By Lee Hall, inspired by a book by William Feaver
Directed by Max Roberts
Venue: Cottesloe Theatre
Date: Thursday 22nd May 2008
I was bowled over by the first half of this production. The humour, the characters and the painting were all magnificent. I felt the second half lost it a little bit, especially during the last scene, but the overall impression was of a really good play superbly performed. I cried, I laughed, I marvelled at the talent for painting. What more could anyone want from an afternoon at the theatre? Well, a male life model would have been nice, I suppose, but then he would have stuck out like a sore thumb in this play.
The story is a simple one, but I’ve always found this sort of thing tremendously moving. Not that there was a scrap of sentimentality on show – these were all straight-talking northerners, none of that fancy emotional stuff for them. Instead of help and support from the rest of the painting group, the members could expect only fierce criticism and downright hostility, with the odd bit of grudging praise thrown in from time to time – don’t blink or you’d miss it.
The play follows the group from their start as an art appreciation class in 1933, through their experiments with making art themselves, and finishes at the end of WW2, with socialism and the Allies both triumphant and looking eagerly forward to a better future. The stage was a large shed, with folding chairs and not much else in the way of comforts. Three screens above the stage showed us the art works in question, and my first sight of their work almost took my breath away. Oliver Kilburn’s linotype of a miner hewing coal underground was strong, dynamic and well composed. Other works were equally amazing, for folk with no training at all. They clearly had great talent within the group, although they kept it all on an amateur footing.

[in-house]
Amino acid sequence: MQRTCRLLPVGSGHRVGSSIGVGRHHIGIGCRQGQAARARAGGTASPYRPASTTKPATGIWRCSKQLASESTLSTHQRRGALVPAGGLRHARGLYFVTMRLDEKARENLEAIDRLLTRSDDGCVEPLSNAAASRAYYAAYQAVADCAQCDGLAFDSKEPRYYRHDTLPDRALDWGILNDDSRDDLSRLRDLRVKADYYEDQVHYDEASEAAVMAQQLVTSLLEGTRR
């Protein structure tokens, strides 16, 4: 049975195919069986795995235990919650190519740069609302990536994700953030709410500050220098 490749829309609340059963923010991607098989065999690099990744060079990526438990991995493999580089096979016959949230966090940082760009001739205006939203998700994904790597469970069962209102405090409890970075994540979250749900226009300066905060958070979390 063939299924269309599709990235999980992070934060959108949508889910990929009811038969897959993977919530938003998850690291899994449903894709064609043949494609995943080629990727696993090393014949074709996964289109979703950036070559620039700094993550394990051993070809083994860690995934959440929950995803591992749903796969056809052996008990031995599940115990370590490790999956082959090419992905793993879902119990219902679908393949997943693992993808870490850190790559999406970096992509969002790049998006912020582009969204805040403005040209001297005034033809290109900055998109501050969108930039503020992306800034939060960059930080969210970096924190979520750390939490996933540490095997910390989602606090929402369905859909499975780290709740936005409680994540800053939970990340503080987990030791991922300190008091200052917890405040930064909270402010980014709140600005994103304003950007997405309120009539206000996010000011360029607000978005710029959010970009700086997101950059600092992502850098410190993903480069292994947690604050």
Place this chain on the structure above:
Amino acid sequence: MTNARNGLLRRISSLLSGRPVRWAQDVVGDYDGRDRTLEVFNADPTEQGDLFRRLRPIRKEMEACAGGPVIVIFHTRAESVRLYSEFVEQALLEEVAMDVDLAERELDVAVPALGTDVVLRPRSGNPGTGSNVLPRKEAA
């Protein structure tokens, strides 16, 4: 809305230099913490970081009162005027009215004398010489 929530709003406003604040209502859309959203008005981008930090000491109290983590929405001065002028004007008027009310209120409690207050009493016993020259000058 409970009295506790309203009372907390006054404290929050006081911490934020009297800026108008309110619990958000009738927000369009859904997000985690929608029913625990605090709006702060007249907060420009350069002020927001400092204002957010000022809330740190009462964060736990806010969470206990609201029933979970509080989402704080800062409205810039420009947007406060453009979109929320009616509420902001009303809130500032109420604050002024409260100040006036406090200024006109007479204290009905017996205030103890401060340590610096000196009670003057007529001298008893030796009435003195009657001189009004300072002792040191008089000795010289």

Their tutor for these sessions, Robert Lyon, was a posh university type, who started off by showing slides of Renaissance artists such as Michelangelo. These overblown pictures need some training to appreciate, and they certainly didn’t grab the miners’ attention. Despite concerns that the rules didn’t allow the working folk taking these classes to do anything that might be considered ‘useful’, Lyon persuaded the powers that be to allow an experiment for this class – the students were only making art as a way of understanding the processes that the ‘proper’ artists went through. The results were indeed phenomenal, and Lyon did very well out of the group, getting a proper professorship, as well as writing and lecturing on the experiment, and basking in the reflected glory of their achievements.
All of these aspects were covered in the play, as well as the fickleness of the art collectors who are always looking for the next new thing. The character of Helen Sutherland, an art collector, turns up at the first class where Lyon has booked a life model, and her comments are generally supportive. The men’s attitudes to her are ambivalent, while they’re completely divided on the subject of life modelling. George Brown wants the young lady to keep her clothes on – shop steward type, devoted to his rule book – while the others seem either OK with it or really keen. The first half ends with the model throwing off her robe and posing for a brief second before the lights go out.